The over 360,000 Sudanese refugees currently in Chad have been there for over a decade. They fled to Chad after violence in their towns and villages in Darfur. And that violence in Darfur unfortunately continues.
I think it would be fair to say that this specific refugee population is no longer the new topic of the day. After all, Chad is also dealing with recent refugee flows from both the Central African Republic (CAR) in the south and Nigeria in the west. And the threat of Boko Haram inside Nigeria, now expanding to border countries such as Cameroon, understandably has required attention from both neighboring Chadian government leaders and the international community.
So why is Refugees International choosing to look at the Sudanese refugee population in Chad now?
On the surface, it would seem that there has been enough reporting by both humanitarian actors and non-governmental organizations on the ground. The longstanding efforts to document the challenges that these refugees face should be applauded. But new reporting has been limited and much of the current context, such as how refugee populations are dealing with existing assistance cuts, demands more exploration.
The struggle to find pragmatic and realistic solutions for a protracted refugee crisis is not new. How should the international community prioritize and best support development projects, including livelihood assistance, in a place where funding for food assistance is currently being cut? How can all actors ensure that urgent humanitarian needs are addressed, when the world is facing its largest displacement crisis since World War II and funding appeals are not being met? How can adequate educational opportunities for long-term refugee populations be better addressed? What safety concerns, particularly for women and girls, are the refugees themselves facing on a daily basis? Are there new challenges to health care access that should be discussed?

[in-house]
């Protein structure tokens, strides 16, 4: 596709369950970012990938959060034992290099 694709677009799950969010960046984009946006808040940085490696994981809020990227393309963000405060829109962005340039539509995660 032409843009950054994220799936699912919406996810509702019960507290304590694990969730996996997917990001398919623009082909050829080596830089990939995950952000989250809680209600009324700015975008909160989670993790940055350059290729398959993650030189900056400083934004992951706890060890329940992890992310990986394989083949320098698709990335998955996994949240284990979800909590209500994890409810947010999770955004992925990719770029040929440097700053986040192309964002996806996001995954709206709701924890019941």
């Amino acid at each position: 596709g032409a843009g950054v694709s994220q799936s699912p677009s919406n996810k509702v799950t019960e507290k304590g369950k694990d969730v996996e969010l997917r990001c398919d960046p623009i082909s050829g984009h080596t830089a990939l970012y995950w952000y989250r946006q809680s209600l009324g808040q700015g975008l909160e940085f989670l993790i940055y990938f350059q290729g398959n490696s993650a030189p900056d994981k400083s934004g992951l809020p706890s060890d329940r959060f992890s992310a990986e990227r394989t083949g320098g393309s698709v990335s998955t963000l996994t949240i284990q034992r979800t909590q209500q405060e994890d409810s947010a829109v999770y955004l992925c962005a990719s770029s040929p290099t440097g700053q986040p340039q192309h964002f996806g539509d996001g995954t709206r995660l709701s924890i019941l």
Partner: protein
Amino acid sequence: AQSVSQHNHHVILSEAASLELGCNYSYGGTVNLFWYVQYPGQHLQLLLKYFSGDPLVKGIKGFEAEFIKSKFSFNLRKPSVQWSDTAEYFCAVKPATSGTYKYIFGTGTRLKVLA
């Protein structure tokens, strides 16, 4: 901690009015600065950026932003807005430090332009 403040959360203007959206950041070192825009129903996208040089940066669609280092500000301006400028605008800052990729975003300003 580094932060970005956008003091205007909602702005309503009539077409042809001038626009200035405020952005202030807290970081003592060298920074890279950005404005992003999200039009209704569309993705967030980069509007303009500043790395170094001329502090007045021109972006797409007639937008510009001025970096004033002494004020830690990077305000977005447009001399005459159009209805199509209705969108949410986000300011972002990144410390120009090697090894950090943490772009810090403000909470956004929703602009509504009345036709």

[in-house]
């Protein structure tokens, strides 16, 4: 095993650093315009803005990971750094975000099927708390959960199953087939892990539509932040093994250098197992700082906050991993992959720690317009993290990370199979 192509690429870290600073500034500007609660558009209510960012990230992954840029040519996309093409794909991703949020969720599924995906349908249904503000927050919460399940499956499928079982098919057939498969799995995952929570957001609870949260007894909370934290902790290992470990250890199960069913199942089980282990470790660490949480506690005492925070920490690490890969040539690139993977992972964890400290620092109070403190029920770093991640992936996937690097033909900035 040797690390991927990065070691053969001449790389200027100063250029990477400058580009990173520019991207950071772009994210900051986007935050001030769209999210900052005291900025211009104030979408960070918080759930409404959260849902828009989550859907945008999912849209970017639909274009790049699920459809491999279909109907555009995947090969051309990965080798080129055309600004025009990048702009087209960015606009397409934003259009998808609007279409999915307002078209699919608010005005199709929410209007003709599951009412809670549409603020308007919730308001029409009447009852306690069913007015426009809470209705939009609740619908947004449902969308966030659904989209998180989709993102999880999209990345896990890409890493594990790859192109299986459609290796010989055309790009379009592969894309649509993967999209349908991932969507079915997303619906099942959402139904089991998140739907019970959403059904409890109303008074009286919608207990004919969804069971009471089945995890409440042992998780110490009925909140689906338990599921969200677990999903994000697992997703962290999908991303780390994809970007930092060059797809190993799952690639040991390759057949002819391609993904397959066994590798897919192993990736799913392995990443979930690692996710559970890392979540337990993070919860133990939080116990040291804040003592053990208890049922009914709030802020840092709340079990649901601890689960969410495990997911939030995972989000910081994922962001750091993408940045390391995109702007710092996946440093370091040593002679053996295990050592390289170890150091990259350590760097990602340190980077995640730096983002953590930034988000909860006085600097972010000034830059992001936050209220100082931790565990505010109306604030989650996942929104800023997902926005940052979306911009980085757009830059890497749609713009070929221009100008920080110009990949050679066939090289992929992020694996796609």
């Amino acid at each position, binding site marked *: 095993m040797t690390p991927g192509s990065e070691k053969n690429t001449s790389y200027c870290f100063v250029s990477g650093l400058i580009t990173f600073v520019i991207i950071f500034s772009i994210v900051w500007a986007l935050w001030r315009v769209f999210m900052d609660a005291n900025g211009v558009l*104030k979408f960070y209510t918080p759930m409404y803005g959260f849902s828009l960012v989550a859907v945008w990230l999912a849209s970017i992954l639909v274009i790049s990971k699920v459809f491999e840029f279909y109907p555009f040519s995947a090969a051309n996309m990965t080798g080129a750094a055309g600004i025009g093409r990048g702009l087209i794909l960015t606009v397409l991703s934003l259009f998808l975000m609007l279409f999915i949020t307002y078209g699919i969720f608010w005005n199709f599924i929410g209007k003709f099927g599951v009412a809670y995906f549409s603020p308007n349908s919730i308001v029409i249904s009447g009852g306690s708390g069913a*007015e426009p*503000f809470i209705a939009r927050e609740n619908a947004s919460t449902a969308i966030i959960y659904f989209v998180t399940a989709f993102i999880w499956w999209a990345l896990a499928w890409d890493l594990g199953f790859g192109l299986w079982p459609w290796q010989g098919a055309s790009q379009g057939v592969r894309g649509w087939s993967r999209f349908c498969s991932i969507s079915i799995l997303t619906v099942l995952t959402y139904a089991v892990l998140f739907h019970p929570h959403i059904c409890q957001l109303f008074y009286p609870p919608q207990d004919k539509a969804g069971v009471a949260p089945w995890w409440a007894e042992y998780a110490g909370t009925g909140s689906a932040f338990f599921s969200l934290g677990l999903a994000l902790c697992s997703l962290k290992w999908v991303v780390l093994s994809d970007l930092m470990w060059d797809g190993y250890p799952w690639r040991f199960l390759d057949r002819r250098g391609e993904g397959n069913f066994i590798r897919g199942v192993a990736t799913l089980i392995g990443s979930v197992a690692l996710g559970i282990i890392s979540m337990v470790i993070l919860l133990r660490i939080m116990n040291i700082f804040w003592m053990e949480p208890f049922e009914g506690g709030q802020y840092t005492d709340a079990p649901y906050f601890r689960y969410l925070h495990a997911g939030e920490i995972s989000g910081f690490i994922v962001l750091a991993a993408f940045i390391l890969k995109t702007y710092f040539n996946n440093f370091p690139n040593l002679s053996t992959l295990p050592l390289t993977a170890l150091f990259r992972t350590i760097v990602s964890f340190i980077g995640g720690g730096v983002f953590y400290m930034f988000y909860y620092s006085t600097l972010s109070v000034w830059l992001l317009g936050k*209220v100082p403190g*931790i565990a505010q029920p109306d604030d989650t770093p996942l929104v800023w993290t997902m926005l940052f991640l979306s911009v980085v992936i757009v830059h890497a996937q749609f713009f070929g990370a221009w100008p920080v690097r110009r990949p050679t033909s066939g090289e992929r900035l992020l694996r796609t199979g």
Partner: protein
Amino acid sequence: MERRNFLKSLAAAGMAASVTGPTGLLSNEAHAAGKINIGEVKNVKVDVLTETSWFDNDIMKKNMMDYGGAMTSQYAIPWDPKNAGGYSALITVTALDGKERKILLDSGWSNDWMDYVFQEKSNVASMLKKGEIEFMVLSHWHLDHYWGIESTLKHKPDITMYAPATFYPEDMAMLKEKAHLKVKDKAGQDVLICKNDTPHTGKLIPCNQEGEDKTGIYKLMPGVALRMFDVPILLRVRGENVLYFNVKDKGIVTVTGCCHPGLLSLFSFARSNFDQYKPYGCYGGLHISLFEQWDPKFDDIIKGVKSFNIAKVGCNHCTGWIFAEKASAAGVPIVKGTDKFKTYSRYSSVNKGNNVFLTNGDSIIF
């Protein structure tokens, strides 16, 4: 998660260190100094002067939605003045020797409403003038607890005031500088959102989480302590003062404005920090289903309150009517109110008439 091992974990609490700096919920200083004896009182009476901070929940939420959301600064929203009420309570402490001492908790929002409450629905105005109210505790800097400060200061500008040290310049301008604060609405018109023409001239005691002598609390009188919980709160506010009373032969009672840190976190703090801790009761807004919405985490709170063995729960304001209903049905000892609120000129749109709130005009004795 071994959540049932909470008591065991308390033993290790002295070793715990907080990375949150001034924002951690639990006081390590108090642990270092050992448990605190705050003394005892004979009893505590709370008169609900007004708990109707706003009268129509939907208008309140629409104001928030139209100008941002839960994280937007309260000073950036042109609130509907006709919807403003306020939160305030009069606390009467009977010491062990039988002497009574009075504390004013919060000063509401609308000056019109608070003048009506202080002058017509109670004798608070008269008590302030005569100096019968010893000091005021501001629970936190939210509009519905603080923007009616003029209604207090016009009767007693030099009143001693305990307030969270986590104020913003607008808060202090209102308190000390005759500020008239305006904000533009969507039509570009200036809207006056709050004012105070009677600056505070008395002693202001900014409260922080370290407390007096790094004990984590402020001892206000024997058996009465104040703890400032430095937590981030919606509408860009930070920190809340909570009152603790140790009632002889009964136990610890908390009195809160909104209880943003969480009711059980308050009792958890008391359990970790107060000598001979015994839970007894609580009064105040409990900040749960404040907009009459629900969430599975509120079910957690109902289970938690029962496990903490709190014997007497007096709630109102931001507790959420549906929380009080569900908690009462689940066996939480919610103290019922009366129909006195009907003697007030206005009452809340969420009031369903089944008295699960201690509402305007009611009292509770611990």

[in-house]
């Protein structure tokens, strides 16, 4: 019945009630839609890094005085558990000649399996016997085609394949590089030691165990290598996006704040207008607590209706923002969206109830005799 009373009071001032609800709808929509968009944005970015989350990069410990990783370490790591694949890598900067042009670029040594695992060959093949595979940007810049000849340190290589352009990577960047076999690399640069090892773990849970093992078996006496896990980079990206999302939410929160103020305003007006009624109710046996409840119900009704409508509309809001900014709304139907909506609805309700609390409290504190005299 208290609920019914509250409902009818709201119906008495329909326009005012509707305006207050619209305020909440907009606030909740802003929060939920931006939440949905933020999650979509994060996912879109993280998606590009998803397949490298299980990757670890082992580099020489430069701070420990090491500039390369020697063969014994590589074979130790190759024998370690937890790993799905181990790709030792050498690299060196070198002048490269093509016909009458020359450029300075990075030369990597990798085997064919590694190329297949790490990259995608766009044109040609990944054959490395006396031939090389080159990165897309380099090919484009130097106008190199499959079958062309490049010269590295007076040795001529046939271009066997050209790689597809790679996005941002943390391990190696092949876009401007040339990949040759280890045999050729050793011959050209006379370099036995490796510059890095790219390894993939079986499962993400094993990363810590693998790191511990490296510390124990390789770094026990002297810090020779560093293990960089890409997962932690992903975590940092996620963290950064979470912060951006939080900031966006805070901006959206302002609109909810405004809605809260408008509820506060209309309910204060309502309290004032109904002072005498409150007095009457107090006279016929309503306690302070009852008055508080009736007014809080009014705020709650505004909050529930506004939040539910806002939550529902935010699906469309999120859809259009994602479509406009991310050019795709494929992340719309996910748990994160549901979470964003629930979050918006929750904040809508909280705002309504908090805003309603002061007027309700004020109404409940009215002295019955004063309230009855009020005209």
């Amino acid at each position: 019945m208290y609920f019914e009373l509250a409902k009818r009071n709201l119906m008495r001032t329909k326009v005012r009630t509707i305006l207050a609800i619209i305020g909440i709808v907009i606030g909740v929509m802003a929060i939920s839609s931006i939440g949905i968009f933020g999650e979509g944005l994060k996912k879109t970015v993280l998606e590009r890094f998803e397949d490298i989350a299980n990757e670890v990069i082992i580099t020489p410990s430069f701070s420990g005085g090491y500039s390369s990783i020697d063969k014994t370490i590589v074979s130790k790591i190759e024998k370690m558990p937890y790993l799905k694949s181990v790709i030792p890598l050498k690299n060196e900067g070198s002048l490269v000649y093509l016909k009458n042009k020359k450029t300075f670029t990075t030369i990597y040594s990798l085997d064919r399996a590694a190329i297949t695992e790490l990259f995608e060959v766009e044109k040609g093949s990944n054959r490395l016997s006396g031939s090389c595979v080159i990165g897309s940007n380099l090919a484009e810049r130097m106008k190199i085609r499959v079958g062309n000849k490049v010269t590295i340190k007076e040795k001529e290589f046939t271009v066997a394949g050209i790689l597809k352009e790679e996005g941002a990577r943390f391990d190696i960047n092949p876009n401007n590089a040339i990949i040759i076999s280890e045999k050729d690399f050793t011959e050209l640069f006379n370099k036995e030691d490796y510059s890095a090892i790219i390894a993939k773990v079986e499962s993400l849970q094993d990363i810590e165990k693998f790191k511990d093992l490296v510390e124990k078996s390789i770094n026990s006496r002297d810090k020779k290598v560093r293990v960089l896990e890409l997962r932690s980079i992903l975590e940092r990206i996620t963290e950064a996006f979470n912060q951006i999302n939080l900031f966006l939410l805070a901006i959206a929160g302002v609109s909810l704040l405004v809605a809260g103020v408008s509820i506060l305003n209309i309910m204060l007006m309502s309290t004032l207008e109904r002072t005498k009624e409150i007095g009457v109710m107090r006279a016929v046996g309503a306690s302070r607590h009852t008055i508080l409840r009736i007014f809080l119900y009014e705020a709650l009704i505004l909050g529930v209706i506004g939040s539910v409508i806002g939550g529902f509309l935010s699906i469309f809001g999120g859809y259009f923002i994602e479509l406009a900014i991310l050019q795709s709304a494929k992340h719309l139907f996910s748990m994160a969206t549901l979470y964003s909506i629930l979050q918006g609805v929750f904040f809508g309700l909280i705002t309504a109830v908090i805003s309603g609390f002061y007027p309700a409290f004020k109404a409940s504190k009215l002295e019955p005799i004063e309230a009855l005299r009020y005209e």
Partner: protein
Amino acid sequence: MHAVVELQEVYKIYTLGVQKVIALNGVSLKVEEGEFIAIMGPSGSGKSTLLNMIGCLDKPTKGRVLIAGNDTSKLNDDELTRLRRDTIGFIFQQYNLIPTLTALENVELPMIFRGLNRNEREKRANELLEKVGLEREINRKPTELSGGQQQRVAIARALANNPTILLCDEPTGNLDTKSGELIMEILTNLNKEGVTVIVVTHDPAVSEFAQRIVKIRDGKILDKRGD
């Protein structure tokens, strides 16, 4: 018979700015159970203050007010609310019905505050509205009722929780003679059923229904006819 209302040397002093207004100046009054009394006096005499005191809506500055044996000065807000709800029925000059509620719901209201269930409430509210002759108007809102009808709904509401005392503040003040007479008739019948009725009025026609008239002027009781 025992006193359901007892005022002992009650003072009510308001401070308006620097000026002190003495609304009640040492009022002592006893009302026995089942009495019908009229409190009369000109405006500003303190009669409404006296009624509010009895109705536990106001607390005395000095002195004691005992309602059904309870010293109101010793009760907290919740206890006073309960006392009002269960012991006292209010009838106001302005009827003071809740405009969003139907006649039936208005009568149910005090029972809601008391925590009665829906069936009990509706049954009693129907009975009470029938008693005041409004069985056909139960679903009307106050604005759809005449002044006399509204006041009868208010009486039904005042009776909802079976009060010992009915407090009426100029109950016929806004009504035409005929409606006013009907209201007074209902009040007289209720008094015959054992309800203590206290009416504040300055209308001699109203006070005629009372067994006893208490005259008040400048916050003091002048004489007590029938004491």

My colleague, Michael Boyce, and I are currently in Chad’s capital N’Djamena to speak with government and humanitarian leaders. From there, we will travel to eastern Chad to visit with the Sudanese refugee population.
Any new assistance strategy must be guided by field-based analysis. More operational NGO’s are departing the Sudanese refugee population in Chad, often due to funding constraints. The story of the Sudanese refugees, their own story as it stands today, deserves to be heard. Not forgotten.